The school district's population is large -- with nearly 14,000 students -- ethnically diverse and expected to grow in the years to come. In 1993, the school district's voters passed a $27 million bond issue to build a massive information technology infrastructure to meet the rising demand for computerized education.
Classrooms in all six elementary, three middle and two high schools are locally wired and are connected to each other and the district's administrative offices by a 100 Mbps fiber-optic wide area network. Included is a analog, two-way video network that's linked to all the schools.
While imaging currently plays a small role in the district's overall technology program, it has proved invaluable. The administrative offices were suffering from a classic case of record management overload, according to Roger Hoyer, assistant superintendent of technology. "A school district's personnel records are substantial," he pointed out. "We were always having internal problems as to the location of files. As the problems went on, the superintendent wasn't anxious to continue buying filing cabinets."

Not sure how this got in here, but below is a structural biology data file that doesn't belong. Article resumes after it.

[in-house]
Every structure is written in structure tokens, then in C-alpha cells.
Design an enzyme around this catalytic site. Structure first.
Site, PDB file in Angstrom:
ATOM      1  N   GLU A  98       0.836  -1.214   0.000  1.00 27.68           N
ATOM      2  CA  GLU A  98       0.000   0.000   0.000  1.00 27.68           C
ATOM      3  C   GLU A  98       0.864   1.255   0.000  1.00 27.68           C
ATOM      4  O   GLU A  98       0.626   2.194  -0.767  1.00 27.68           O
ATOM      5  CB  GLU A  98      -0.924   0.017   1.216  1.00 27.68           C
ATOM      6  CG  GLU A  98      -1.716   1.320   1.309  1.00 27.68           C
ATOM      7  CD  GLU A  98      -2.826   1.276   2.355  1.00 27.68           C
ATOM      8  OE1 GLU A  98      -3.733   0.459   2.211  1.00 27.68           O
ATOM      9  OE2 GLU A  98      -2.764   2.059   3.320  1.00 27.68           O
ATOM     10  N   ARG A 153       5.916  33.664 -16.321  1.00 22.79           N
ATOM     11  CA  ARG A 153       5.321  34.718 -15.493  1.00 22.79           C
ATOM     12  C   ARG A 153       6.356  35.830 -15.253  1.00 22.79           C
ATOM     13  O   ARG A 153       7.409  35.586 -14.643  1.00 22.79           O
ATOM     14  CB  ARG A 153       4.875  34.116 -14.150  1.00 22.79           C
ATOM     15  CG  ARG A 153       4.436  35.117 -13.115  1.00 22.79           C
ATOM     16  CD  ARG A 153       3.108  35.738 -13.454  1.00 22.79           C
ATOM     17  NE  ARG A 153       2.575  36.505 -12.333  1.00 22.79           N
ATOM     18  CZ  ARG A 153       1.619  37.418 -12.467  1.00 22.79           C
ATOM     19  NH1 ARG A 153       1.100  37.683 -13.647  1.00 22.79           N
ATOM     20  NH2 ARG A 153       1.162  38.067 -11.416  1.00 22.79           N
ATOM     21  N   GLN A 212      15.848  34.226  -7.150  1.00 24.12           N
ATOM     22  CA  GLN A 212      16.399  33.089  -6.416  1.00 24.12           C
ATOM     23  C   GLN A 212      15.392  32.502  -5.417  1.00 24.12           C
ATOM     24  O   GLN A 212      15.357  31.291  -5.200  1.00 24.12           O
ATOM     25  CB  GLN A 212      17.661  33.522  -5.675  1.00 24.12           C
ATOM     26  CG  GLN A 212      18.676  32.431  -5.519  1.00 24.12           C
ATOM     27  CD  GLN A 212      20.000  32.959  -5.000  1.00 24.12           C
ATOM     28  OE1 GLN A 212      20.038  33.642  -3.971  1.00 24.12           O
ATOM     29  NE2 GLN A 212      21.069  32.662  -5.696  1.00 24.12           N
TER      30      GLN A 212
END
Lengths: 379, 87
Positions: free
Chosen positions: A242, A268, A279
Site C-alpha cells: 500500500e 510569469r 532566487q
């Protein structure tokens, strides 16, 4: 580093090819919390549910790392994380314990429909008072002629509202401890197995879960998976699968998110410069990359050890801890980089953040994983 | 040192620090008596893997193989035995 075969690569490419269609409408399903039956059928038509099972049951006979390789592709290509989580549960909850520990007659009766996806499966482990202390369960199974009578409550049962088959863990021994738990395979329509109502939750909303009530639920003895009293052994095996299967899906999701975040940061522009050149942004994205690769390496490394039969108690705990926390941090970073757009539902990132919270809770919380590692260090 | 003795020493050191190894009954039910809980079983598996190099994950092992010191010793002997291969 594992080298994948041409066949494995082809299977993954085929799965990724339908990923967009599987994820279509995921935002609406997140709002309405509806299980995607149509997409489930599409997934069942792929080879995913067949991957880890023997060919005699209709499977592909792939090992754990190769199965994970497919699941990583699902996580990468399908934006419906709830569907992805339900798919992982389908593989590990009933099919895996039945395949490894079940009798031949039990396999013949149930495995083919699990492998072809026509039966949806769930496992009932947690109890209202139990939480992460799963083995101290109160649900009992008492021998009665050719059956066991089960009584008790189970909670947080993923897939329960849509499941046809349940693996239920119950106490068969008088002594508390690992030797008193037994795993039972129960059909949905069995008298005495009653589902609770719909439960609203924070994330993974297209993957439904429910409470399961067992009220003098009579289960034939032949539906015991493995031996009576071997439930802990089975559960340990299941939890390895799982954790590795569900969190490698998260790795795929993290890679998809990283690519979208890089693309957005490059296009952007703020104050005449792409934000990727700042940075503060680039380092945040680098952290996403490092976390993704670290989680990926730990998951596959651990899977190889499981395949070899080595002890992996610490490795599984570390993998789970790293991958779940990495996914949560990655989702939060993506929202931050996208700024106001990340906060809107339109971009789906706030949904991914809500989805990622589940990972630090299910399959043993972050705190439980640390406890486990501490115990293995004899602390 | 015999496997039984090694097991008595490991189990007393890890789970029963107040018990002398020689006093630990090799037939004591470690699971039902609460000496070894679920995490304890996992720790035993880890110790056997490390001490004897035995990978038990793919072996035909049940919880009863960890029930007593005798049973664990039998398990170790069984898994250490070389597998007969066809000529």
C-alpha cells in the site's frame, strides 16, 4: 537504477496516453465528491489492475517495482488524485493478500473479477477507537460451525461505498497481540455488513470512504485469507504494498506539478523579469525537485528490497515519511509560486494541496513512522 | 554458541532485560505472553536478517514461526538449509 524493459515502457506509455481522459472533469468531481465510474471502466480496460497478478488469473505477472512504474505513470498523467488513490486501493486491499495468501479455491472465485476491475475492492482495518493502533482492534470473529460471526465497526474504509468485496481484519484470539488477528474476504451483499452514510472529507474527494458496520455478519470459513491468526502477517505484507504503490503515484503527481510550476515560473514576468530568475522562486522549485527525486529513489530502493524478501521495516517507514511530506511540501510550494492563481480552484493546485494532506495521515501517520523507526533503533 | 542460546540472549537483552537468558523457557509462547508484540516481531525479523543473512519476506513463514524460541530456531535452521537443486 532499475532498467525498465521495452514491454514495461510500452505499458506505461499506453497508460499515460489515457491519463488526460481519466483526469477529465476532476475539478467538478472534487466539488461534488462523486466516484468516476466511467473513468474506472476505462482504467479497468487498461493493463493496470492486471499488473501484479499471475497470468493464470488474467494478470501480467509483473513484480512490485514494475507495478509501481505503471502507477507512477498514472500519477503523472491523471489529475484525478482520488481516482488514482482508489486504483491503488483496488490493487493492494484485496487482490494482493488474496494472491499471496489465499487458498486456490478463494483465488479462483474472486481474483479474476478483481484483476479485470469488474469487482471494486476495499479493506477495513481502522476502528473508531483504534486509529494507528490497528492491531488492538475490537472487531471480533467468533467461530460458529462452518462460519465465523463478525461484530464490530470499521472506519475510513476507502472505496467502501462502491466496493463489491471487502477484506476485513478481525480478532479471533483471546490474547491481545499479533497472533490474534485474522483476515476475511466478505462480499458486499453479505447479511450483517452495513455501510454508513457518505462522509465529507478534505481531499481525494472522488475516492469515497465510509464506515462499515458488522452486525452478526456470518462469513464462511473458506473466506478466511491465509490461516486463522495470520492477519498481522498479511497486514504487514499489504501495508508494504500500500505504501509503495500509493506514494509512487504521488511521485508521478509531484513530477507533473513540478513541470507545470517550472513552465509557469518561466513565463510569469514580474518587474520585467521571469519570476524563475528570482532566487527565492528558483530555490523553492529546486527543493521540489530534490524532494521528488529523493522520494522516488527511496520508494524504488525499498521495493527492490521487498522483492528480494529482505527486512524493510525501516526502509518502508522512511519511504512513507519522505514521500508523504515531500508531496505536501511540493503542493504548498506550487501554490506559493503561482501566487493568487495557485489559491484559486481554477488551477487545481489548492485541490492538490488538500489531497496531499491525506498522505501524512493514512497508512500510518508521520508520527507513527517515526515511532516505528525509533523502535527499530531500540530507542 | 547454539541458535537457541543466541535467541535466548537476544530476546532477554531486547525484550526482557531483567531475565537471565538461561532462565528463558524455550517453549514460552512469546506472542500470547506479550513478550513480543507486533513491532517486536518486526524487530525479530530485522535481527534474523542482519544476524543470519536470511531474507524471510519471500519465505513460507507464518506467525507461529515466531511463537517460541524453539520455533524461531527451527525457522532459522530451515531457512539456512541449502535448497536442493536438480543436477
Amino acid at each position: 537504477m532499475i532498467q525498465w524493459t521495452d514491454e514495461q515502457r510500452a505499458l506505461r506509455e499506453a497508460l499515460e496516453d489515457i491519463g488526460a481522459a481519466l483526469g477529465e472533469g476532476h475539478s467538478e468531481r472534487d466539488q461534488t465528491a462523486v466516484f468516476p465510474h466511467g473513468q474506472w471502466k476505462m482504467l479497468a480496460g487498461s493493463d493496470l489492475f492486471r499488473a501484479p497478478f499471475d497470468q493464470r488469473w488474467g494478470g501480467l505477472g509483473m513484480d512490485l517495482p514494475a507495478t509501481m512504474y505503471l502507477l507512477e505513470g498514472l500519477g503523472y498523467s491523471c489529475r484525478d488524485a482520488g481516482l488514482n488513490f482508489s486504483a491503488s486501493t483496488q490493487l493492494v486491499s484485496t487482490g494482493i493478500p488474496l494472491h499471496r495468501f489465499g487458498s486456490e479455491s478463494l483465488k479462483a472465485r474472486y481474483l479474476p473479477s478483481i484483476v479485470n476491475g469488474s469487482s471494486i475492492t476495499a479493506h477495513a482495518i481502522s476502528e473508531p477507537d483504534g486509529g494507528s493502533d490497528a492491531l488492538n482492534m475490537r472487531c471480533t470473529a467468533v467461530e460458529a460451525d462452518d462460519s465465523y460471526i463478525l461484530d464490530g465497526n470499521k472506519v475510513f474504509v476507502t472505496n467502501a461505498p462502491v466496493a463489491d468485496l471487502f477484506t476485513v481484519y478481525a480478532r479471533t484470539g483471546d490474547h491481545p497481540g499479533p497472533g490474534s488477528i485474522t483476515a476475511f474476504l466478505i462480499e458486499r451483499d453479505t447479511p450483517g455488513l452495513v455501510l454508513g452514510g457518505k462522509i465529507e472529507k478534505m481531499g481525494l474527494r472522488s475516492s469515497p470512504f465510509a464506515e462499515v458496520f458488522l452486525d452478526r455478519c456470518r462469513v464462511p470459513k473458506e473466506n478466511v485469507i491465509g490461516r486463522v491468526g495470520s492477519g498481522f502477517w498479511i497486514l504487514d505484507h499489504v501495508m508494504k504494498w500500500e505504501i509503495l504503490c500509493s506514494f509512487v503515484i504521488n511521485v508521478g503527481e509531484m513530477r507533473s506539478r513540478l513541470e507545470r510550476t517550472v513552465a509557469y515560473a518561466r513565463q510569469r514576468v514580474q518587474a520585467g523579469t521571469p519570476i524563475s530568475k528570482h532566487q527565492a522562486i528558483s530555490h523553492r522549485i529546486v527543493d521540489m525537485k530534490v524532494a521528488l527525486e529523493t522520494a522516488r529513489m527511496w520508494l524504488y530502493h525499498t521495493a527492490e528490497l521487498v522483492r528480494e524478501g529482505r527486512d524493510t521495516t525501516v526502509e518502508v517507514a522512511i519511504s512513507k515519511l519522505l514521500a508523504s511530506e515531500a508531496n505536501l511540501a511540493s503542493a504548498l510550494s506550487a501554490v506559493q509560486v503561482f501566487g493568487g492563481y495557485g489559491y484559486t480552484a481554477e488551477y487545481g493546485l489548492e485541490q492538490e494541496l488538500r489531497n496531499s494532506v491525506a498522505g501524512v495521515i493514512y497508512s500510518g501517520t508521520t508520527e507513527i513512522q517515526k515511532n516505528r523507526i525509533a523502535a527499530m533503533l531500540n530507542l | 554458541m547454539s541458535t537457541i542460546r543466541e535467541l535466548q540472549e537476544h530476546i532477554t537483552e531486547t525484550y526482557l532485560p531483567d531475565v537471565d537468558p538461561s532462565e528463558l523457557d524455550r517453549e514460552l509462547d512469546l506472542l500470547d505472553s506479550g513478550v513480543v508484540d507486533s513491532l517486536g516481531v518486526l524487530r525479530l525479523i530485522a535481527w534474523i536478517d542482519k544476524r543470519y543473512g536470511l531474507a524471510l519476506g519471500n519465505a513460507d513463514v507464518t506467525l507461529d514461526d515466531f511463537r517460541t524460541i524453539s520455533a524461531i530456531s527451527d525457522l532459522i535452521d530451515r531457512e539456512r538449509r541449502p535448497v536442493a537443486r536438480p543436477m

Hoyer and his staff began looking for a document imaging system that would support the district's Macintosh and Windows PCs. "My one priority was to have an open system that ran on industry standards," he said. In 1994, the district awarded a $240,000 contract to Blueridge Technologies for a 20-seat Optix document management system.
Optix runs on a Sun Sparc 20 server and supports 20 users. Each of the district office's five departments has a scanning station. Workstations for viewing documents are a mix of Macintoshes and Windows PCs. Document images are stored on an array of gigabyte hard drives.